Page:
- Mechanical agitation has two power stations. One is a motor that pressurizes the spray mechanism. The other operates mechanical paddles or stir sticks that mix the slurry in a slow but steady and even rate. Mechanical agitators are found on larger hydroseed outfits and work well with all types of mulch consistency.
Spray hoses and nozzles vary in size and design. The majority of hydroseeding applications are done by an operator who hand holds the sprayer and directs it in the desired direction. The operator also manually controls the rate of flow. Large hydroseeders can have cannon-like spray mechanisms, but they’re still directed by an operator using attached controls.
A tanks capacity depends on the particular hydroseeding equipment. Small capacity units may have tanks in the size of a fuel barrel while big commercial operations have tanks holding thousands of gallons of mixed hydroseed mulch. The distance of application also varies. Light-duty hydroseeders made for residential and light commercial work might only send spray across a typical yard while industrial systems can cover an entire hillside right from the road.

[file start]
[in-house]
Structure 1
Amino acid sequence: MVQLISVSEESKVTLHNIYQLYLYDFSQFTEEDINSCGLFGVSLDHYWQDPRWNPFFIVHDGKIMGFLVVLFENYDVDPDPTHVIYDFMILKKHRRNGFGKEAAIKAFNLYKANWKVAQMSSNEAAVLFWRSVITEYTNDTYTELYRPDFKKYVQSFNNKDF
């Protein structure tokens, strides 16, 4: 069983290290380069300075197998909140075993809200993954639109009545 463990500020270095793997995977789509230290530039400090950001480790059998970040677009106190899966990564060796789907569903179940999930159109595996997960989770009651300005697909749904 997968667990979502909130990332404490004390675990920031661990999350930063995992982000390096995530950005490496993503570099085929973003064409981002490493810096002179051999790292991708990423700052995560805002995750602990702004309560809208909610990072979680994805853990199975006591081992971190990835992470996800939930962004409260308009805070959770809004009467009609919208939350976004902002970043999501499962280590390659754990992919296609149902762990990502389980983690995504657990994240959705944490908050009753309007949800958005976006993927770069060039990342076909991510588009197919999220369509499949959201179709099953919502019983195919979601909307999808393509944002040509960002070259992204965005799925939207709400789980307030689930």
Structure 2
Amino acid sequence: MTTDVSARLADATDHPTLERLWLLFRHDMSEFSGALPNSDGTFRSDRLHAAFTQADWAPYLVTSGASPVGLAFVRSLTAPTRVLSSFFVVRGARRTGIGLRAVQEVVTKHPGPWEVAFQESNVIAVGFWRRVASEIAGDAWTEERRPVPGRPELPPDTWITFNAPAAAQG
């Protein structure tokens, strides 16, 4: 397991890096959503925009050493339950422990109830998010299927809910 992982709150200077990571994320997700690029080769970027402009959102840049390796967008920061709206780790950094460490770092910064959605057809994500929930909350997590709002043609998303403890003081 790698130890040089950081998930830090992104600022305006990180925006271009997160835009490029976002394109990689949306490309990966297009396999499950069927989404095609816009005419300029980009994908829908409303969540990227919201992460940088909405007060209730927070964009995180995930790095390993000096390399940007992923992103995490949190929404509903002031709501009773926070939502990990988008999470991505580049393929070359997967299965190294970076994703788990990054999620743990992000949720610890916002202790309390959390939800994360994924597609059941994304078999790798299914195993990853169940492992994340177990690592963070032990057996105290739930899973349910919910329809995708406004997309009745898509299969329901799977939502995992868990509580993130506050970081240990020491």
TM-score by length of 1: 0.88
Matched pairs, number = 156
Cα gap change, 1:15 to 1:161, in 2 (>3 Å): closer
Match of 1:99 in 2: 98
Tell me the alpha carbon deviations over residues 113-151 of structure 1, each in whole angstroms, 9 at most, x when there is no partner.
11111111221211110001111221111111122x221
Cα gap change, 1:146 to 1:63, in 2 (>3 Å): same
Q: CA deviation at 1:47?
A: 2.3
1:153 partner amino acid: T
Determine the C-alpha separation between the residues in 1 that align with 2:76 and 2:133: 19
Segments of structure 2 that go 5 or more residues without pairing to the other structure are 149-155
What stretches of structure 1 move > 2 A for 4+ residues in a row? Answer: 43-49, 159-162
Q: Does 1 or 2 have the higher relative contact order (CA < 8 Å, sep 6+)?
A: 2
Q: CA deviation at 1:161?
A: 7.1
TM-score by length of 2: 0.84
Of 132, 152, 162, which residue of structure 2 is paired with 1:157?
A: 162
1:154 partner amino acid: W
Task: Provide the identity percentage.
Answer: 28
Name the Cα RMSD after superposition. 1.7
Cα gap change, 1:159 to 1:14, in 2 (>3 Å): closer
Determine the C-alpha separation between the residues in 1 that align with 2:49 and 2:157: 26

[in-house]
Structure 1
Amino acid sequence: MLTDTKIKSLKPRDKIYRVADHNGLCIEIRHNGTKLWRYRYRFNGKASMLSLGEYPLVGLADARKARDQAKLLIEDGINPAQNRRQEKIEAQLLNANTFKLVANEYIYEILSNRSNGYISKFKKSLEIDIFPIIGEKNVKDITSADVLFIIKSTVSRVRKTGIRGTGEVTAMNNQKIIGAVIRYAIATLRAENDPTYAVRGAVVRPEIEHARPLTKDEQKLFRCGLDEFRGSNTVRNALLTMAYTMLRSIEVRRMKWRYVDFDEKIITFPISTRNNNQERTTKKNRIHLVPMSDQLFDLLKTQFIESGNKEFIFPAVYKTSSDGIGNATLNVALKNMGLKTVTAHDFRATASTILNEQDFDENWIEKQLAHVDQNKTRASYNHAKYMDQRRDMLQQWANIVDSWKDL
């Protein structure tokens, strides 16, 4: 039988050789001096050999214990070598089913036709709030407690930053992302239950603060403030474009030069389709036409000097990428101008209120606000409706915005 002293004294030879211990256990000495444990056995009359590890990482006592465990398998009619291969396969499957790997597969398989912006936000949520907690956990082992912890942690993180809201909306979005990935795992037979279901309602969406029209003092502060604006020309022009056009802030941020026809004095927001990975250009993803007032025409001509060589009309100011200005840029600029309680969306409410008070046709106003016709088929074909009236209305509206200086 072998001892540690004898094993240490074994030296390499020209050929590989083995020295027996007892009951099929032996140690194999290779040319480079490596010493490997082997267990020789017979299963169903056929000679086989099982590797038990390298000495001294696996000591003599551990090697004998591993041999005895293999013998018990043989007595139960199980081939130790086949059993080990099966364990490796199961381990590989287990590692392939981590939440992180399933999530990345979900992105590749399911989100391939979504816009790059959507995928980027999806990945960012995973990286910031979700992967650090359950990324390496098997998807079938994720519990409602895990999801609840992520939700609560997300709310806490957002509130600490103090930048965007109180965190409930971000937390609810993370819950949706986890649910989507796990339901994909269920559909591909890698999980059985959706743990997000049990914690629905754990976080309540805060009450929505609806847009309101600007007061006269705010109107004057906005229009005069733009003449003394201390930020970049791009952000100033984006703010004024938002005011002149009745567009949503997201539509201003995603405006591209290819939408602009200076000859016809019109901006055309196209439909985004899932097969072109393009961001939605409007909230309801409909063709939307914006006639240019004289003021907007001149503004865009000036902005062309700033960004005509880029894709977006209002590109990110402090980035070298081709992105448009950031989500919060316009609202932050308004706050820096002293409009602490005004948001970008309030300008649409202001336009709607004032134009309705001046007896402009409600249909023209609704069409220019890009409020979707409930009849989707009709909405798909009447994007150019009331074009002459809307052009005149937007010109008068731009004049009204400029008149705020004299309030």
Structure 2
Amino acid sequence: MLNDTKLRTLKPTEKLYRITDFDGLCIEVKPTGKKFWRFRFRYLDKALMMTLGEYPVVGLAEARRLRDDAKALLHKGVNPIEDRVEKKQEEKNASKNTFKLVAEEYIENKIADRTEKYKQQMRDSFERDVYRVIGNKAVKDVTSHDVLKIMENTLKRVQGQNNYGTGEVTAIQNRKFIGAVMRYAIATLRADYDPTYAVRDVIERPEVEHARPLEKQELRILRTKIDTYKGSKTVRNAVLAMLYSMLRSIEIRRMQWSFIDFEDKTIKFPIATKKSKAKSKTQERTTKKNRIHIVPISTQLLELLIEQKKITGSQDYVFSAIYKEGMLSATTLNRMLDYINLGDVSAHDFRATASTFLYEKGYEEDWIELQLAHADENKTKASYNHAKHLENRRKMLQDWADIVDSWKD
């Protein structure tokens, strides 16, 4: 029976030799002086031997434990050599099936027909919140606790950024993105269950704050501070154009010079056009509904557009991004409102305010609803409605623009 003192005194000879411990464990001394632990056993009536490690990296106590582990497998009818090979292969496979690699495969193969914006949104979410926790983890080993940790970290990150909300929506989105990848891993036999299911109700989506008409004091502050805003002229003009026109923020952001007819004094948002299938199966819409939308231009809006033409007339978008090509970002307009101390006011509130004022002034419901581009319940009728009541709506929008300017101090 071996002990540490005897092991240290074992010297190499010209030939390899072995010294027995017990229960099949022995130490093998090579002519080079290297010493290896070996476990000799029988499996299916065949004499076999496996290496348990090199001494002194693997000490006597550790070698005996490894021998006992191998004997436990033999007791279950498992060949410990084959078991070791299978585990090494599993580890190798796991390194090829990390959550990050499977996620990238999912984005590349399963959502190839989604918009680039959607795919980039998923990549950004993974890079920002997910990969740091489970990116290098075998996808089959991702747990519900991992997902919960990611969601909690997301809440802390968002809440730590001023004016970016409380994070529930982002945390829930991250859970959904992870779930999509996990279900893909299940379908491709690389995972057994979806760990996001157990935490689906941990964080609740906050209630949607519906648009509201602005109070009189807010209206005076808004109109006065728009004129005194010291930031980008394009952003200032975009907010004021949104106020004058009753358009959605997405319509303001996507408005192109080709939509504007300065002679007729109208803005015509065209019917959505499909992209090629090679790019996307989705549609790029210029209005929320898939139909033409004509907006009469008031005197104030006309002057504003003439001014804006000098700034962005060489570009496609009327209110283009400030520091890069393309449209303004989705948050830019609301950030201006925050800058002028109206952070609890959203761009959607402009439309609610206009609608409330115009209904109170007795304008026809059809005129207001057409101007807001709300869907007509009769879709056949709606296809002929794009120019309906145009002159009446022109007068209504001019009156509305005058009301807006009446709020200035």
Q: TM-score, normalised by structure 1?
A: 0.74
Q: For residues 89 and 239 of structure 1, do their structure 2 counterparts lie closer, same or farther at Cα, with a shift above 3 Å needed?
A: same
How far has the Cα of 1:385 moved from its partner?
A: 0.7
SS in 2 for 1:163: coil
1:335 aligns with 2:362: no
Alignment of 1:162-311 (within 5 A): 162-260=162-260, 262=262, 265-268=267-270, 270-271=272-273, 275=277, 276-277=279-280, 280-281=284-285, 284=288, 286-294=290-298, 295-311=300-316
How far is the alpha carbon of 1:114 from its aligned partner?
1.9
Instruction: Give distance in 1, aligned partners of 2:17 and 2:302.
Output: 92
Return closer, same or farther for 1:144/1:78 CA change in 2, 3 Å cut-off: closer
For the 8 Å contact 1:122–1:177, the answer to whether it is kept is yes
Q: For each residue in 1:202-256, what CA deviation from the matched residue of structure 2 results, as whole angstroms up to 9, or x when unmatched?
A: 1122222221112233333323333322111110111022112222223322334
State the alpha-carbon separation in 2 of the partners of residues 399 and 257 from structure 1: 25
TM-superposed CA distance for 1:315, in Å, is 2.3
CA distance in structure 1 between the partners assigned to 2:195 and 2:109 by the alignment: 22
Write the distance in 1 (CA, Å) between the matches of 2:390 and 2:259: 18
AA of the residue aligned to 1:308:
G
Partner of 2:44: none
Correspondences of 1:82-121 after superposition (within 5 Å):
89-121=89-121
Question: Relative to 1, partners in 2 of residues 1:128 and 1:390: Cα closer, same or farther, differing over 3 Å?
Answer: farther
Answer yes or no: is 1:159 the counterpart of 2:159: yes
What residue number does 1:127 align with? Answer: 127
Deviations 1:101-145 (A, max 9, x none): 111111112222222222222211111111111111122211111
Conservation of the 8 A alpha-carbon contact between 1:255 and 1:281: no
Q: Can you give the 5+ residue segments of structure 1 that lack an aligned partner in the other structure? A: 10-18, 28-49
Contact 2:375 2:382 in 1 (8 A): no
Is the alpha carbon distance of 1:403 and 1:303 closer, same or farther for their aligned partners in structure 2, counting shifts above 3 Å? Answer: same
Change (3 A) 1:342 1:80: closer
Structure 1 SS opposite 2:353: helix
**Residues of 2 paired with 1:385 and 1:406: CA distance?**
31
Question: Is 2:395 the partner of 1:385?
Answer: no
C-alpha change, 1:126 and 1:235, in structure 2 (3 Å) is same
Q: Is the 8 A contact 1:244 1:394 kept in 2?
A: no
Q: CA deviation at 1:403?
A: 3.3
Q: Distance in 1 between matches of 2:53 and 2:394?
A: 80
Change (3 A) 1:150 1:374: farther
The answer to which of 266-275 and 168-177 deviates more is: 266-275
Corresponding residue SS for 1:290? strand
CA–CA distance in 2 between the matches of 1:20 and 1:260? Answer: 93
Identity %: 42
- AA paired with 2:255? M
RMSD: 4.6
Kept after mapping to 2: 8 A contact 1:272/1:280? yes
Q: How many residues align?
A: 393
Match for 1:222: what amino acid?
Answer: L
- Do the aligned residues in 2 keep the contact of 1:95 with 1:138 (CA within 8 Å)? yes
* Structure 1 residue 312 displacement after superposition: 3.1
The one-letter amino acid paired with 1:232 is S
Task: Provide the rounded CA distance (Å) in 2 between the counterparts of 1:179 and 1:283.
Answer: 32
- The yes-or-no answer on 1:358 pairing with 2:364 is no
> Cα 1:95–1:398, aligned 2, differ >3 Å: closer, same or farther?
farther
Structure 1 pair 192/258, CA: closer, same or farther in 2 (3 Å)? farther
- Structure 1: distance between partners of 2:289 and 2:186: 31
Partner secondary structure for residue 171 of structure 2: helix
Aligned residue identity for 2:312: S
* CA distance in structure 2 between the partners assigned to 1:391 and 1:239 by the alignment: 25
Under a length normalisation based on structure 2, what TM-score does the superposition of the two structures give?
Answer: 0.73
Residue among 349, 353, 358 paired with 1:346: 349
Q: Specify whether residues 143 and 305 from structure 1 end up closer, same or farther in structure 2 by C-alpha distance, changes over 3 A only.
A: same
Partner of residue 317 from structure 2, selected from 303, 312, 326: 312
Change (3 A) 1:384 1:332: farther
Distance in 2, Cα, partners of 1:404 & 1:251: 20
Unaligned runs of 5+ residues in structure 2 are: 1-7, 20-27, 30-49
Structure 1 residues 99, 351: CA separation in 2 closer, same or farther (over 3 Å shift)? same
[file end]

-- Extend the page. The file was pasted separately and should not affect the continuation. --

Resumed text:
In grass seeding, you only have three options. One is to seed by hand. That’s commonly called manual broadcasting. It’s time-consuming and inefficient. The second is to lay sod, also known as turf or instant-lawn. It’s quick but very expensive, especially for large areas. Your third choice is to have your area hydroseeded. This method is exceptionally economical, particularly in large projects where bigger areas need seeding and there’s a budget to stay within.
Unless you want immediate gratification and need a complete lawn installed in one day as in using sod, the advantages of having your area hydroseeded far outweigh any disadvantages. Here are the main advantages to using hydroseeding vs. sod or hand-seeding.